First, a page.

A 12-year-old Indian-origin contestant on a British television show has become an instant sensation after he impressed viewers by answering all questions posed to him correctly.
Rahul got all 14 of his questions correct in the first round of the latest series of Child Genius, a show broadcast by Channel 4.
He has an IQ of 162, which is believed to be higher than the likes of Albert Einstein and Stephen Hawking, and qualifies him to be a member of Mensa club - the largest and oldest high IQ society in the world.
However, as neither scientist is recorded as having taken an IQ test, the scores are only estimated. On the TV show, 20 contestants aged eight to 12 will be whittled down to one winner over the course of a week.
Rahul achieved full marks in a spelling test, correctly reciting the letters in words like garrulous, accouchement, and hyponatraemia (low level of sodium in the blood). In a timed memory round, he answered 14 questions out of 15 correctly, but did not have time to answer the final question.
"I always want to do the best, and I'll do that no matter what the cost. I think I'm a genius. I'm good at mental maths, general knowledge and I find it quite easy to memorise stuff," said Rahul, who cites his favourite language as Latin.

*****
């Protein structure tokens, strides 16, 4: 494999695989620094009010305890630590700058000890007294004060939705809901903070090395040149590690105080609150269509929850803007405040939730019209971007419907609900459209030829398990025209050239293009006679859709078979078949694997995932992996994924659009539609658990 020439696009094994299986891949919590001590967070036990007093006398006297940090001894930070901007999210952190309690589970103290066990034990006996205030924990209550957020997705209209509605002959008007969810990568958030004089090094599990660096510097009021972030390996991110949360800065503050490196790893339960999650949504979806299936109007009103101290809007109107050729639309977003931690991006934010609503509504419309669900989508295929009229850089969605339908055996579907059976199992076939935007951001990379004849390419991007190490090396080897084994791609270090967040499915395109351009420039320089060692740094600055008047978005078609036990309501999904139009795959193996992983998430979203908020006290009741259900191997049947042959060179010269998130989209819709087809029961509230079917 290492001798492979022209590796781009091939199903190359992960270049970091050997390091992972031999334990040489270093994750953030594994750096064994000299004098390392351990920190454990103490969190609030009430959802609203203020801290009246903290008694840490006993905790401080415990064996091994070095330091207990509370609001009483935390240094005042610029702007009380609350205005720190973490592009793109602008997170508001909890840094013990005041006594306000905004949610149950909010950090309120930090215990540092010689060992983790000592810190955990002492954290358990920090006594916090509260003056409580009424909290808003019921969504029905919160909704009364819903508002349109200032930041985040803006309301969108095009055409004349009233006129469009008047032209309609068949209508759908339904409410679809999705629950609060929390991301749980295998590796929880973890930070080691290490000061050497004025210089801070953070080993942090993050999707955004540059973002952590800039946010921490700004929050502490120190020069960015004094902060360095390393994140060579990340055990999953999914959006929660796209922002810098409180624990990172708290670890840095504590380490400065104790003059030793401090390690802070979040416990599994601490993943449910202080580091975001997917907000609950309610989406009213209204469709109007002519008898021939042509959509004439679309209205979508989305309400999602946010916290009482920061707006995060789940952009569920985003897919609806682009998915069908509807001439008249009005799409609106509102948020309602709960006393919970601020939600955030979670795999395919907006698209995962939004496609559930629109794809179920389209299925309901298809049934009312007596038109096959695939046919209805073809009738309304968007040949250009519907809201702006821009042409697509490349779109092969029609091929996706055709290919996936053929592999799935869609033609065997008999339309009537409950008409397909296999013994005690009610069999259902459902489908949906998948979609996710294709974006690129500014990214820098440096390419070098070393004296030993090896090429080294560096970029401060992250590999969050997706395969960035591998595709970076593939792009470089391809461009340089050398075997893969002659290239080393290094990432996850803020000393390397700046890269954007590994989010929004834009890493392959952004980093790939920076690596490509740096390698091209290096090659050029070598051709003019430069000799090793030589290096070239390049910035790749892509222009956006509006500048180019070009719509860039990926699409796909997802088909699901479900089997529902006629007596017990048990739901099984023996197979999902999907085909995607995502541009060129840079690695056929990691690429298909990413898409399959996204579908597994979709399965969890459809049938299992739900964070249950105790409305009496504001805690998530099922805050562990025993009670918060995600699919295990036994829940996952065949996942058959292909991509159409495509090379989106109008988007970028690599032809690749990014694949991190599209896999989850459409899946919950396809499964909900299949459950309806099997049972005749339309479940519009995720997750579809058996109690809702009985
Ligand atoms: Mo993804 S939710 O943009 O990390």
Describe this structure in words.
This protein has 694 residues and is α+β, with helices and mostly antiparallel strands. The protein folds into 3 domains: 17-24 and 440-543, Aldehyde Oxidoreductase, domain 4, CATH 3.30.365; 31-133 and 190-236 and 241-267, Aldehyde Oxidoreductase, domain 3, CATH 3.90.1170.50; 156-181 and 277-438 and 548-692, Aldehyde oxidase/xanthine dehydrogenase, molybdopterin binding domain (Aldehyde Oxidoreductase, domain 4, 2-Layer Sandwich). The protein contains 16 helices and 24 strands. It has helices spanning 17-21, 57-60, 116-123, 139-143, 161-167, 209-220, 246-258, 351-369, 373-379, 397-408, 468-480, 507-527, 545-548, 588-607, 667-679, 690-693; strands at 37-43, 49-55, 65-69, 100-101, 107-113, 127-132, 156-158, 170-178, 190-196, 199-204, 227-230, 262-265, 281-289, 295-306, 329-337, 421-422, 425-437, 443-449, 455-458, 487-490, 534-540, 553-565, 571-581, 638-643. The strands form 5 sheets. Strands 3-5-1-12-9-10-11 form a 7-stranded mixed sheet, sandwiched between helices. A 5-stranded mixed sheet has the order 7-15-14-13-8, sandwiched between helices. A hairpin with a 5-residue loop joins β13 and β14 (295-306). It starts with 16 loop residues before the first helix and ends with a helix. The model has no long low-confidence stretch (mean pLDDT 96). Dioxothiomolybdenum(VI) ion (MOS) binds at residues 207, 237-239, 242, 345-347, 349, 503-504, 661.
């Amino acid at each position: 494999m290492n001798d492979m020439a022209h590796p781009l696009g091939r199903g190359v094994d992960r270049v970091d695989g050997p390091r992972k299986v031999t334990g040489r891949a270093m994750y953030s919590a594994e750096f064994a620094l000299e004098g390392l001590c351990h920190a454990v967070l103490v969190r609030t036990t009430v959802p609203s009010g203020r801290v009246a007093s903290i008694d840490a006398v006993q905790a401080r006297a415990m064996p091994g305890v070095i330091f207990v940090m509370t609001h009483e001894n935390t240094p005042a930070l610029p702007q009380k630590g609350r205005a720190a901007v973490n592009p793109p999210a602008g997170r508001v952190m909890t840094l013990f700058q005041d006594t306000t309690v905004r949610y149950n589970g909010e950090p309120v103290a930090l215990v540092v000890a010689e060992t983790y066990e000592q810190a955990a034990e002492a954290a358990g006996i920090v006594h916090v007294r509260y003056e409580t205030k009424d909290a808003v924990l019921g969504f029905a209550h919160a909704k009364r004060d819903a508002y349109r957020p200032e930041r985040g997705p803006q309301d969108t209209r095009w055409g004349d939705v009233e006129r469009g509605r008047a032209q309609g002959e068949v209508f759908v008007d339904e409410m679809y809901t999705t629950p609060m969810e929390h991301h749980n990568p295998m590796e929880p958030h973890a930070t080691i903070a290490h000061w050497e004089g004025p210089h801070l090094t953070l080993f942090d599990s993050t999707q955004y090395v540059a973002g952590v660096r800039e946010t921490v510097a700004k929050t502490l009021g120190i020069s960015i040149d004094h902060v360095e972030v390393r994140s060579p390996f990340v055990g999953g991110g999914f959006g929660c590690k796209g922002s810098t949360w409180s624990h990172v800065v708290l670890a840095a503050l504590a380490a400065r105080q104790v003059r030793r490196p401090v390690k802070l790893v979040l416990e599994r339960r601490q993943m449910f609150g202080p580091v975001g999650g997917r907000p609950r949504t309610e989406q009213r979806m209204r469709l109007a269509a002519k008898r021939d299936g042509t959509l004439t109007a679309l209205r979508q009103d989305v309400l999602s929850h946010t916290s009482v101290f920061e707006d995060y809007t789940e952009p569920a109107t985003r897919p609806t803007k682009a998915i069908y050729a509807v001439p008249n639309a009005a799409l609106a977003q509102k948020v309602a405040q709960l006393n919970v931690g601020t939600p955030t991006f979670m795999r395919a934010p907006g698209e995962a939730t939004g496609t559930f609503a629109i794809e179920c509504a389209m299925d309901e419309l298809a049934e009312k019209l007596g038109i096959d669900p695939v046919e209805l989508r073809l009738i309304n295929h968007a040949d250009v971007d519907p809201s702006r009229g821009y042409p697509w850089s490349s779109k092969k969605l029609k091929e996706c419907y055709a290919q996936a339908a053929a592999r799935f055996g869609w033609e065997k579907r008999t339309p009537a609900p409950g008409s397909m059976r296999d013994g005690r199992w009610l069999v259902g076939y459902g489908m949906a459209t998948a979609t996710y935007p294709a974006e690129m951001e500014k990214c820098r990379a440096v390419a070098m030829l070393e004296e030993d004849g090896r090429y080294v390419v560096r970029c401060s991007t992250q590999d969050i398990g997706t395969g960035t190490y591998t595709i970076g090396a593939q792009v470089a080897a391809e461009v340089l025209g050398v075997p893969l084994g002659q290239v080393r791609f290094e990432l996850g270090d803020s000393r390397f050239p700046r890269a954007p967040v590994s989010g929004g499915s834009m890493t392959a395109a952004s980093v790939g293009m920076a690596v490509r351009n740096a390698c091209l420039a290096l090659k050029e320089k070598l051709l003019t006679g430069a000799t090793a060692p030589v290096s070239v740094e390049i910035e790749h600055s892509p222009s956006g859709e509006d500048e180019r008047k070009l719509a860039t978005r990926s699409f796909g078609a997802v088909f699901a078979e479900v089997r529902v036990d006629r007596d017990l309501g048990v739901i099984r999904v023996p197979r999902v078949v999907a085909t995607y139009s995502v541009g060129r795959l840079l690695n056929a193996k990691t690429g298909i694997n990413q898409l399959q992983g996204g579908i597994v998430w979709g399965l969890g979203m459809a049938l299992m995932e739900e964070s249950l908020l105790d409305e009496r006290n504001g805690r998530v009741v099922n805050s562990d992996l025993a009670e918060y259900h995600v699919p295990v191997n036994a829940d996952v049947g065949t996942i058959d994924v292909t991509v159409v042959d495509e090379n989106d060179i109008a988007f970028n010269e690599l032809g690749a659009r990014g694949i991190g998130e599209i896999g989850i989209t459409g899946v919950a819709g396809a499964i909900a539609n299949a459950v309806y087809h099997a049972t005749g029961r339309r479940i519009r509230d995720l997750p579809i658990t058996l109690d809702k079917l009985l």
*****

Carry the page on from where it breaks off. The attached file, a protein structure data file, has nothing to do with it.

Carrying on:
"Most kids want immediate gratification but I also want long-term gratification. If I could play maybe my Xbox now, I'll be really happy now, but I might be sad later on because I haven't revised for my test," he said.
His success in the first round of the show made him an instant social media hit.
While he narrowly lost out in a maths round, he is exempt from elimination due to his high score.
Rahul's IT manager father, Minesh, and pharmacist mother Komal said their son was in the game to win and their role was to encourage him.
"We are here to win. There's no two ways about that. We're all achievers. I used to play table tennis for Barnet council. We're always trying to better ourselves," said Minesh.
The show's finale will take place over the weekend to crown the UK's brightest child.